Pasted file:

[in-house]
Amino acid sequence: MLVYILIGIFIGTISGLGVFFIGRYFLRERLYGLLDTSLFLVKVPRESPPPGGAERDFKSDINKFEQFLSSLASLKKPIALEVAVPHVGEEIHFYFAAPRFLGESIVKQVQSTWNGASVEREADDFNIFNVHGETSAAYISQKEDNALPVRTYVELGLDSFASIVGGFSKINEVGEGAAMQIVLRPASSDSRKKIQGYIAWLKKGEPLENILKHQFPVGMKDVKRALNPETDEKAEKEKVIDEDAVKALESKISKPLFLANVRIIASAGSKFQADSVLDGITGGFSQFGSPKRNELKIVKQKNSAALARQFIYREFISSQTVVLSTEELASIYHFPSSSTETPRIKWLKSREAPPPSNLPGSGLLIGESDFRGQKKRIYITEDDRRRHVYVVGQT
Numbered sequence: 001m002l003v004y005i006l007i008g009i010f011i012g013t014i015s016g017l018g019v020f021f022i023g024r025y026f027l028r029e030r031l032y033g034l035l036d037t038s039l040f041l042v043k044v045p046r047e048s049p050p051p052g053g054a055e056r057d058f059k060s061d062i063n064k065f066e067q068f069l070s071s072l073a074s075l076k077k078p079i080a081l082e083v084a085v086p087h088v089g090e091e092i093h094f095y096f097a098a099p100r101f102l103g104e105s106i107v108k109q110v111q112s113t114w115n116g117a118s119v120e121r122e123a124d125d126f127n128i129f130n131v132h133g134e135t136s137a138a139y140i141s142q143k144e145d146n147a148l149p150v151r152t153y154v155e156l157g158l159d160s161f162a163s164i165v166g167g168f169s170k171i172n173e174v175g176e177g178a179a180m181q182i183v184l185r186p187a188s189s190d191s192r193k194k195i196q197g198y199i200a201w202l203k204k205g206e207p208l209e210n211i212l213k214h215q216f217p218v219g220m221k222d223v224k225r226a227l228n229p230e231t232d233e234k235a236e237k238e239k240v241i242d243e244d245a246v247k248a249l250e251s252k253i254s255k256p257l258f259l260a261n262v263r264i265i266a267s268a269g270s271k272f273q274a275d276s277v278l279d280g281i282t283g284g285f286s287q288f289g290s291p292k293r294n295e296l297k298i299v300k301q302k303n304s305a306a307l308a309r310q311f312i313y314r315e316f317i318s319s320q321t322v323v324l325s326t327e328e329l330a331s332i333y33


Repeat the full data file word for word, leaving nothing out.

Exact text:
[in-house]
Amino acid sequence: MLVYILIGIFIGTISGLGVFFIGRYFLRERLYGLLDTSLFLVKVPRESPPPGGAERDFKSDINKFEQFLSSLASLKKPIALEVAVPHVGEEIHFYFAAPRFLGESIVKQVQSTWNGASVEREADDFNIFNVHGETSAAYISQKEDNALPVRTYVELGLDSFASIVGGFSKINEVGEGAAMQIVLRPASSDSRKKIQGYIAWLKKGEPLENILKHQFPVGMKDVKRALNPETDEKAEKEKVIDEDAVKALESKISKPLFLANVRIIASAGSKFQADSVLDGITGGFSQFGSPKRNELKIVKQKNSAALARQFIYREFISSQTVVLSTEELASIYHFPSSSTETPRIKWLKSREAPPPSNLPGSGLLIGESDFRGQKKRIYITEDDRRRHVYVVGQT
Numbered sequence: 001m002l003v004y005i006l007i008g009i010f011i012g013t014i015s016g017l018g019v020f021f022i023g024r025y026f027l028r029e030r031l032y033g034l035l036d037t038s039l040f041l042v043k044v045p046r047e048s049p050p051p052g053g054a055e056r057d058f059k060s061d062i063n064k065f066e067q068f069l070s071s072l073a074s075l076k077k078p079i080a081l082e083v084a085v086p087h088v089g090e091e092i093h094f095y096f097a098a099p100r101f102l103g104e105s106i107v108k109q110v111q112s113t114w115n116g117a118s119v120e121r122e123a124d125d126f127n128i129f130n131v132h133g134e135t136s137a138a139y140i141s142q143k144e145d146n147a148l149p150v151r152t153y154v155e156l157g158l159d160s161f162a163s164i165v166g167g168f169s170k171i172n173e174v175g176e177g178a179a180m181q182i183v184l185r186p187a188s189s190d191s192r193k194k195i196q197g198y199i200a201w202l203k204k205g206e207p208l209e210n211i212l213k214h215q216f217p218v219g220m221k222d223v224k225r226a227l228n229p230e231t232d233e234k235a236e237k238e239k240v241i242d243e244d245a246v247k248a249l250e251s252k253i254s255k256p257l258f259l260a261n262v263r264i265i266a267s268a269g270s271k272f273q274a275d276s277v278l279d280g281i282t283g284g285f286s287q288f289g290s291p292k293r294n295e296l297k298i299v300k301q302k303n304s305a306a307l308a309r310q311f312i313y314r315e316f317i318s319s320q321t322v323v324l325s326t327e328e329l330a331s332i333y33